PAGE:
Monday, June 7, 2021

"Bygones" Are History

I know I have posted this letter before (see below) but I think it deserves refreshing as it relates to the previous two posts. It is striking to me how ill-informed Alberto and Jean were about many of the details of Rudolph's life and the events which transpired. When Alberto petitioned the probate court to make him the executor of Rudolph's estate, I wonder how much he did know about the business of being Rudolph Valentino. The court rejected his request and handed the task to Ullman as Rudolph requested. 

Michael Morris thought Jean Valentino might sue him for putting out Madam Valentino. And it is surprising Jean Valentino was not supportive at all of Michael's project then. And the letting, "bygones be bygones" somewhat denies all history does it not? Those bygones are history and Rudolph Valentino was an historical icon and the subject of many books. 

Someone pointed out to me that while Alberto speaks about demanding a retraction from La Revista for publishing the story of one "Evelyn Valentino" in 1977, he did not publicly protest Mank and Steiger's horrific book (published on January 1, 1977) nor Hollywood Babylon (first published in 1965 and banned then again published in 1975). Here Jean Valentino refuses an interview with Michael and tells him to chuck the project (Madam Valentino) in the trash and forget about it. 

I also asked the Alberto Valentino family for an interview for Affairs Valentino and was refused. Not sure what they felt they gained but then again I surely would have asked about that touchy subject of the "sole heirship". 


  1. Can someone explain to me what a comprehensive woman is?

  2. Good question. The antithesis of Rambova? Jean’s contempt for her, a woman he acknowledges he never met, is odd. I suppose a “comprehensive woman” in this context is a woman who prioritizes family life and has no vocation outside the home. Jean may say that Rudy desired a comprehensive woman, but his actions demonstrate otherwise. Undoubtedly Valentino had infinite opportunity to affiliate with such a woman, but this is not what he chose, ever. Jean’s and the bitter forum scolds’ denunciation of Rambova notwithstanding, she was loved by Valentino more than any other person in his life, by far. “For my brother, it was a sort of death before actually dying” so stated Alberto of the impact upon Valentino of his divorce from Natacha. Such was her towering stature in his eyes and heart, this outrageously non-comprehensive woman!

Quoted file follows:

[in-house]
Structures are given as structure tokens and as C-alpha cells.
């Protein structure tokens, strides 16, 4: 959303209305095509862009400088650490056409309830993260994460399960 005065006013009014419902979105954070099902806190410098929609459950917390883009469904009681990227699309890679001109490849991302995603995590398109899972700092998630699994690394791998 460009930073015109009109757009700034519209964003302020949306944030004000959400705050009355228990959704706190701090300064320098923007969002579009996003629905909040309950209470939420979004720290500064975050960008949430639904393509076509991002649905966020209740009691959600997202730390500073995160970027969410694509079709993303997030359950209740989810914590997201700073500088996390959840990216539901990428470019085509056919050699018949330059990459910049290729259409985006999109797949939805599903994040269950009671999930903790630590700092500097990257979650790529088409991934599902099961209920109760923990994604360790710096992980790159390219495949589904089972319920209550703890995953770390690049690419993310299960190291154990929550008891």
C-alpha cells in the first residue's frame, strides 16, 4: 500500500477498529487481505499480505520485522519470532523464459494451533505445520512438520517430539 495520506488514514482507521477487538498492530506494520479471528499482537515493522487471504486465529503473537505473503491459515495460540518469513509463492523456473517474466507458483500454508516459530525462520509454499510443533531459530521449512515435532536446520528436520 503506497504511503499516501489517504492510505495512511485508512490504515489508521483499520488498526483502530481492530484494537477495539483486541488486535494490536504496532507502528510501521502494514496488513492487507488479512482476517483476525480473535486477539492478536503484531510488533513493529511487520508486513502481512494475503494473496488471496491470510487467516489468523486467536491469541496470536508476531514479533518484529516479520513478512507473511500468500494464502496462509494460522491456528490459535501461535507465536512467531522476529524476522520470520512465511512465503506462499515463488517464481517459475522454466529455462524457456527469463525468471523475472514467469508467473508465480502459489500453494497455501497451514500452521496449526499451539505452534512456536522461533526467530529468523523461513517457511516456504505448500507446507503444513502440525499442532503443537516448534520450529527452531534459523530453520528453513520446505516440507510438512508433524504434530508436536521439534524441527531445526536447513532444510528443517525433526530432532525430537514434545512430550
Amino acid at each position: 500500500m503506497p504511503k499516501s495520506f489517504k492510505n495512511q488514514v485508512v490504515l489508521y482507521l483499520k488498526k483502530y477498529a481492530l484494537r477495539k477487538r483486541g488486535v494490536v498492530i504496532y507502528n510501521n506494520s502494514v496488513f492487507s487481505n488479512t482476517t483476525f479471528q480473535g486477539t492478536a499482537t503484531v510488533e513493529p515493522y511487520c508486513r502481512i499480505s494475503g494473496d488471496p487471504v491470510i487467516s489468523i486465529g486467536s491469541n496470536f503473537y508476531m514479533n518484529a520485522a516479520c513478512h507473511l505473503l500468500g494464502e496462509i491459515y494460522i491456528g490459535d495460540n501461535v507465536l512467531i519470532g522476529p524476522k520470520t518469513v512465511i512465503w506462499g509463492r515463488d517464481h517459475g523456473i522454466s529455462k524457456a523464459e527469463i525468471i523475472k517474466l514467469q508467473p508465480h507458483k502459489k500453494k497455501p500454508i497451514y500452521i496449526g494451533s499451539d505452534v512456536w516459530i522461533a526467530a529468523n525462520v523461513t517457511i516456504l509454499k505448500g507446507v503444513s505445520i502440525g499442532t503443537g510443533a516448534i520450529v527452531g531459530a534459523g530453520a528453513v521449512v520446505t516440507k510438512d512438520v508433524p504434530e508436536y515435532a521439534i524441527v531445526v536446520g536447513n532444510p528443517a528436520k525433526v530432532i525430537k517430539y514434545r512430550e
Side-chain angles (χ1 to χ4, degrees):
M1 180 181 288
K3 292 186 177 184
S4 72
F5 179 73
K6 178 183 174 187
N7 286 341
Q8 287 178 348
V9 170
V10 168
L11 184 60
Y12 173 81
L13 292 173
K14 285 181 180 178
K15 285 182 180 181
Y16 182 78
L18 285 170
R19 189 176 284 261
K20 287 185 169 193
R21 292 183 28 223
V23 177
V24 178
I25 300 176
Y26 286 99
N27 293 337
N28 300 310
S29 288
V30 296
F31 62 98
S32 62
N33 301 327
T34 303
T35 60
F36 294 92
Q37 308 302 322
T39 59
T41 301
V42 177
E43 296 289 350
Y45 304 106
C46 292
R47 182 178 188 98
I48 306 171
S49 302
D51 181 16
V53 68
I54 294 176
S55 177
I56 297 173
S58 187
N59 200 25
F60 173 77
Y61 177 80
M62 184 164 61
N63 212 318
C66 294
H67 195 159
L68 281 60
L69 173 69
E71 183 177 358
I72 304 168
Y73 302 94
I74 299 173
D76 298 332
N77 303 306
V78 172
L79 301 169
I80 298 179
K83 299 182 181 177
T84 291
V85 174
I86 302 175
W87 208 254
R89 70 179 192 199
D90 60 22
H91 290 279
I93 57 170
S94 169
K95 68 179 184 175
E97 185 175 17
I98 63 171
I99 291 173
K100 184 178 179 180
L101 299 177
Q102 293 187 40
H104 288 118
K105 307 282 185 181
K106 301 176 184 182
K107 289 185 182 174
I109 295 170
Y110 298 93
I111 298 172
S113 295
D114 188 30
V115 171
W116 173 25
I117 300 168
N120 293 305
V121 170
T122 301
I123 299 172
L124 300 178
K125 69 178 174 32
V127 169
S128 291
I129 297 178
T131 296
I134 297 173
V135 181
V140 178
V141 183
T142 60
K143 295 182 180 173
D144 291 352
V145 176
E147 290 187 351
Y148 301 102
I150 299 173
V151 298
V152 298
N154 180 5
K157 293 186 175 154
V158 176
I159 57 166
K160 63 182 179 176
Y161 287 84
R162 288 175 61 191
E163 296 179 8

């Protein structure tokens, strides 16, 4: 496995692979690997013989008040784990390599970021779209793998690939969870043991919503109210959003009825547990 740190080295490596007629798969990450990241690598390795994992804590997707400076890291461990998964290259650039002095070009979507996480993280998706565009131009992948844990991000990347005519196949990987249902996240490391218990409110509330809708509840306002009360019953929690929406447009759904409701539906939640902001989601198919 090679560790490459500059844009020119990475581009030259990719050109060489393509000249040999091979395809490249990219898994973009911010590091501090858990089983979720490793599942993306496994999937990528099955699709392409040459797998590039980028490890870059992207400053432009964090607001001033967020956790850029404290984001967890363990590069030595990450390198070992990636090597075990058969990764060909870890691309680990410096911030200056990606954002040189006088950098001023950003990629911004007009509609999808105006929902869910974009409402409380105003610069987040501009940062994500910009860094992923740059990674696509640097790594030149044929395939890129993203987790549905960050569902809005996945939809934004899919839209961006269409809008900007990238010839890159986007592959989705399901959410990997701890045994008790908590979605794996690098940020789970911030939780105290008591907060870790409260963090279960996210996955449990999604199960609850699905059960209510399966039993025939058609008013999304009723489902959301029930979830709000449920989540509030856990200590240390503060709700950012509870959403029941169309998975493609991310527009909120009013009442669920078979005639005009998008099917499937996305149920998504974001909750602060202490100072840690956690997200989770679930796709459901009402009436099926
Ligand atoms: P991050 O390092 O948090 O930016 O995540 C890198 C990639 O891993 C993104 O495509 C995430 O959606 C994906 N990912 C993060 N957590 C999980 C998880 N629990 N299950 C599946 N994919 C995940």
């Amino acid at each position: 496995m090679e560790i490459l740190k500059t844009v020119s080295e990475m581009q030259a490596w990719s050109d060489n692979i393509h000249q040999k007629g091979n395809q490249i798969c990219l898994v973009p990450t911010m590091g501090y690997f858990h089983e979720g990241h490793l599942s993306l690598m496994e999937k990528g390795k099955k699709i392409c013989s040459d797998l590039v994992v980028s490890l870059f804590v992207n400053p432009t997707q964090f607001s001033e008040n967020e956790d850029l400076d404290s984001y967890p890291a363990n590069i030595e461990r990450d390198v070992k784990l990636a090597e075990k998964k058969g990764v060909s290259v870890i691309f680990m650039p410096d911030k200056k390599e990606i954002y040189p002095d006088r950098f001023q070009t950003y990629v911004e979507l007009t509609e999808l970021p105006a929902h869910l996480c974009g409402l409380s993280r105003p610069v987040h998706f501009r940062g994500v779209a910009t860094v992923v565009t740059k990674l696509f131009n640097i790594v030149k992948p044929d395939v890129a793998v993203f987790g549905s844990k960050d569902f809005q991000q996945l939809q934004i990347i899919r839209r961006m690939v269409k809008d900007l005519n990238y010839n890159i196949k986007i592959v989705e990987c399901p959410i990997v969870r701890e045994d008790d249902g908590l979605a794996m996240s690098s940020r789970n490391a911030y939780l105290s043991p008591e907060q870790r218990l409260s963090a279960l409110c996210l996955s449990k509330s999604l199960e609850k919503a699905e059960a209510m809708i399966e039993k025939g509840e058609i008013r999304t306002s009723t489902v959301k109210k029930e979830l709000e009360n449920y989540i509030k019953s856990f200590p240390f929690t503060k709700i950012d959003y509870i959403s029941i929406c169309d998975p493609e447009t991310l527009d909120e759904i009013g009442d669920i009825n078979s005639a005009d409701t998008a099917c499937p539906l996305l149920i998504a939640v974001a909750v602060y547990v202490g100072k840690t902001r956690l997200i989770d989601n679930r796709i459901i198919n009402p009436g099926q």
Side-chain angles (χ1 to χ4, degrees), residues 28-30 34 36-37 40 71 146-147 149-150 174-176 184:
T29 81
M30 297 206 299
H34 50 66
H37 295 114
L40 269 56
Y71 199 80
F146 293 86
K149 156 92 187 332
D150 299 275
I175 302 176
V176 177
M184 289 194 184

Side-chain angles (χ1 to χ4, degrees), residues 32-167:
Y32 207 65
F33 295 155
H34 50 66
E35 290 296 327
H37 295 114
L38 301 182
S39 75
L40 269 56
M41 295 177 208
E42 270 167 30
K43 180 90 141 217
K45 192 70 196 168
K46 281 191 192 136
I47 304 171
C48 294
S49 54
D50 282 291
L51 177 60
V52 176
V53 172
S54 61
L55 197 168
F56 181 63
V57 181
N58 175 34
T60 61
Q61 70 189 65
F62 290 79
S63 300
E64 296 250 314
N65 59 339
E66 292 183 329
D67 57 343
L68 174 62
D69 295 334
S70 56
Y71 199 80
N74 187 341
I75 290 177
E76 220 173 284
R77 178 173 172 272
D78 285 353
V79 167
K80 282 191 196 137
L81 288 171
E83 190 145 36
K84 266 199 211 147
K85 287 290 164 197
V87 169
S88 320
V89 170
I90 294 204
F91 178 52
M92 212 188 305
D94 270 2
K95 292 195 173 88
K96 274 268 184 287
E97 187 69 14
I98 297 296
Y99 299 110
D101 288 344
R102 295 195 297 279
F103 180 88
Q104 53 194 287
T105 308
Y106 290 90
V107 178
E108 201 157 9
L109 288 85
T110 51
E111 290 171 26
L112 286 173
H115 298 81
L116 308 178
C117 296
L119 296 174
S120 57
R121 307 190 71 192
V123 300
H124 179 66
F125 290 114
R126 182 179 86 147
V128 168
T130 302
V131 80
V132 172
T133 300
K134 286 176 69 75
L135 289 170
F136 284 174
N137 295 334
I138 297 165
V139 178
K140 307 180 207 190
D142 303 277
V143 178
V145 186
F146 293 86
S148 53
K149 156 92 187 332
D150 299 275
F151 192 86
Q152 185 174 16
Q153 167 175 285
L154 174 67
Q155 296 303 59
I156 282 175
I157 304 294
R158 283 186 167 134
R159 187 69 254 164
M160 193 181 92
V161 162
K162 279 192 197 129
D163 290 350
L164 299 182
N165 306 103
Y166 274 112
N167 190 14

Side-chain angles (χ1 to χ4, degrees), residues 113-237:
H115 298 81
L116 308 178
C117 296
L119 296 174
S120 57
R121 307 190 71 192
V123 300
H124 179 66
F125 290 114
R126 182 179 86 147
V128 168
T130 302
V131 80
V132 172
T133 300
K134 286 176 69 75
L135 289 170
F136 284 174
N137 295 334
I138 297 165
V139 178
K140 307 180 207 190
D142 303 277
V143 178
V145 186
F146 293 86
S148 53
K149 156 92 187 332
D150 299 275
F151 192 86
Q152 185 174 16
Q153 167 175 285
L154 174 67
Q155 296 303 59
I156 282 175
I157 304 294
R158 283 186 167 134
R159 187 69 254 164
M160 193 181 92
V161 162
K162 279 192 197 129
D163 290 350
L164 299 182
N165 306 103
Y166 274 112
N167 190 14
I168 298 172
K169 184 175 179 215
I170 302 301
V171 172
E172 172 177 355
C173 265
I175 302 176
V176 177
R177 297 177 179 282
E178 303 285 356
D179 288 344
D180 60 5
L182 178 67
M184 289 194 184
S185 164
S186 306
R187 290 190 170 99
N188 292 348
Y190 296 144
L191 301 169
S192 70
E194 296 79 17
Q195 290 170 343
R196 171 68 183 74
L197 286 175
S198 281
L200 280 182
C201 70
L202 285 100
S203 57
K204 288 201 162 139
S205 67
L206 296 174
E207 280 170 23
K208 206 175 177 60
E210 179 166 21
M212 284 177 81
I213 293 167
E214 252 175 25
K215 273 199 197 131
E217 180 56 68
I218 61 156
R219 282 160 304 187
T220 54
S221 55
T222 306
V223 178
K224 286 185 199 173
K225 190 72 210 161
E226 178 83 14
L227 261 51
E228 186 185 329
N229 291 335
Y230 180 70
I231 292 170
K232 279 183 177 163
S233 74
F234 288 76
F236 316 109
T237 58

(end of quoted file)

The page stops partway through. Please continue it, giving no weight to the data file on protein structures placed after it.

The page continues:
3. Kudos for the previous comment. Which is it? Valentino was either an unlucky, blundering simpleton at the mercy of the sly, scheming Rambova and the manipulative Ullman or he was a man in control of his destiny, completely responsible for navigating through the waters of his own life. In Ms. Zumaya’s previous blogpost, I think Alberto Valentino’s indignation regarding Hollywood’s view of his brother should be a reminder to many today that Valentino was no one’s patsy. According to Alberto, “they” were trying (and still are) “to prove my brother was simple-minded and an ignorant fellow. On the contrary, he had an academic degree, spoke 5 languages, and was somewhat of a poet.” I would like to add he was courageously decisive, street savvy, and a hopeful romantic. That is why I cannot understand the rancor towards Rambova. Valentino fell for her, Valentino married her, Valentino valued her advice, and, despite what Jean alleged, it was Valentino who ultimately decided to divorce her. These were HIS decisions. For Jean and the internet scolds to blame Valentino’s misfortunes on her is inexplicable. How happy would have Jean’s comprehensive woman made Valentino? Since he never produced any effort to find this indefinable female, we will never know. Yet, the hatred for Rambova burns white hot today, as if it comes from bland, characterless swains, rejected by the object of their obsession for an exquisitely beautiful rival. No one can refute that Rambova was the most important women in Valentino’s short life. To rebuff any attempt to write a book about her is a rejection of Valentino’s history.

  4. How dispiriting for Michael Morris to have received such a negative letter. The party Jean copied on the letter, Roger Richman, is described by the Los Angeles Times as follows: “the celebrity agent who is widely credited with helping to invent the dead-celebrity industry, a multimillion-dollar realm built on licensing the rights to images of the prominent posthumously.” Thankfully Michael proceeded with his magnificent book, in spite of his belief that he was being threatened with legal action.

  5. Interesting! I wonder what his health problems were.